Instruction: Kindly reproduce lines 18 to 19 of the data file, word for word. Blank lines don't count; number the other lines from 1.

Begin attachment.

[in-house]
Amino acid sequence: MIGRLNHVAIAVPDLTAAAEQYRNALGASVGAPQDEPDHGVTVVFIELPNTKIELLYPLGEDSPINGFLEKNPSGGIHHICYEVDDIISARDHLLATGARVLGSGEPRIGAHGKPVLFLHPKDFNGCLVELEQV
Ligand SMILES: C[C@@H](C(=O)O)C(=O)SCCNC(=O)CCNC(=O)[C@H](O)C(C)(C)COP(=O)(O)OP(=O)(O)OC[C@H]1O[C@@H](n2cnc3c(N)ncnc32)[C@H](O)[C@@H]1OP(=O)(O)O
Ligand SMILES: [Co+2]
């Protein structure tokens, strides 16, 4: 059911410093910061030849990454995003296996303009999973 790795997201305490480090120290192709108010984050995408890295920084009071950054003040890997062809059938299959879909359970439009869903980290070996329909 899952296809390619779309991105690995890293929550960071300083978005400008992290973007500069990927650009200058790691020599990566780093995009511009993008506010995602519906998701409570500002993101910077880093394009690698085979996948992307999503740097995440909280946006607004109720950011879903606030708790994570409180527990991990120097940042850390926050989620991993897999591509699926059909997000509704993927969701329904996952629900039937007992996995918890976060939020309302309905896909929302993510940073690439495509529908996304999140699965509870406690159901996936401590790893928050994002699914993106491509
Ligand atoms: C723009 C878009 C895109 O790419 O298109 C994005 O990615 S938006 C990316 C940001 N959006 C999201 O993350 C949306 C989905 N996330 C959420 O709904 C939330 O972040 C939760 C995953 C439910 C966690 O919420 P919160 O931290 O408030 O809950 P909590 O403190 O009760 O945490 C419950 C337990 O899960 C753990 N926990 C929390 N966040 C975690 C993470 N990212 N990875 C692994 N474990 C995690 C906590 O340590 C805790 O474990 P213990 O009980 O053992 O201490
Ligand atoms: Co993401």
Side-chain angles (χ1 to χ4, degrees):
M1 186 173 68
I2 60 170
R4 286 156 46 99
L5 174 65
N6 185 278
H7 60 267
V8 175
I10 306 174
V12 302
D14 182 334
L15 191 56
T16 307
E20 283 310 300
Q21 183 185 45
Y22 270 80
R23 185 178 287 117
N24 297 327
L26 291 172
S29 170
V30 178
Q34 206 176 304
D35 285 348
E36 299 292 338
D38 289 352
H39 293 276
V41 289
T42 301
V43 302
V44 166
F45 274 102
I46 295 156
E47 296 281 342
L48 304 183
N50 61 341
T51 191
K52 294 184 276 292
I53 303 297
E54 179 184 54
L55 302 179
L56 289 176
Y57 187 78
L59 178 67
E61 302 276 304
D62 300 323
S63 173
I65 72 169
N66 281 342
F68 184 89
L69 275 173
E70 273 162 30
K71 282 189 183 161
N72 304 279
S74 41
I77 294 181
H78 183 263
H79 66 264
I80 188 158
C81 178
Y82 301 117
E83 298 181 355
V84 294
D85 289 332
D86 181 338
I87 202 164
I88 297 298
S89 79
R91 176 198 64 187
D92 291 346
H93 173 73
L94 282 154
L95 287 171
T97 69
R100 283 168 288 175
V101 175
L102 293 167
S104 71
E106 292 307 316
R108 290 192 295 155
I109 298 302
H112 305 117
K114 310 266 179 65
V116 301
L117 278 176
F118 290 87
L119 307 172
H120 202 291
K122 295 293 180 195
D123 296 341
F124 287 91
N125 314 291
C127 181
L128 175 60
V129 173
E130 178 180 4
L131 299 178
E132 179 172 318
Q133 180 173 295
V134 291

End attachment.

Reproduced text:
D14 182 334
L15 191 56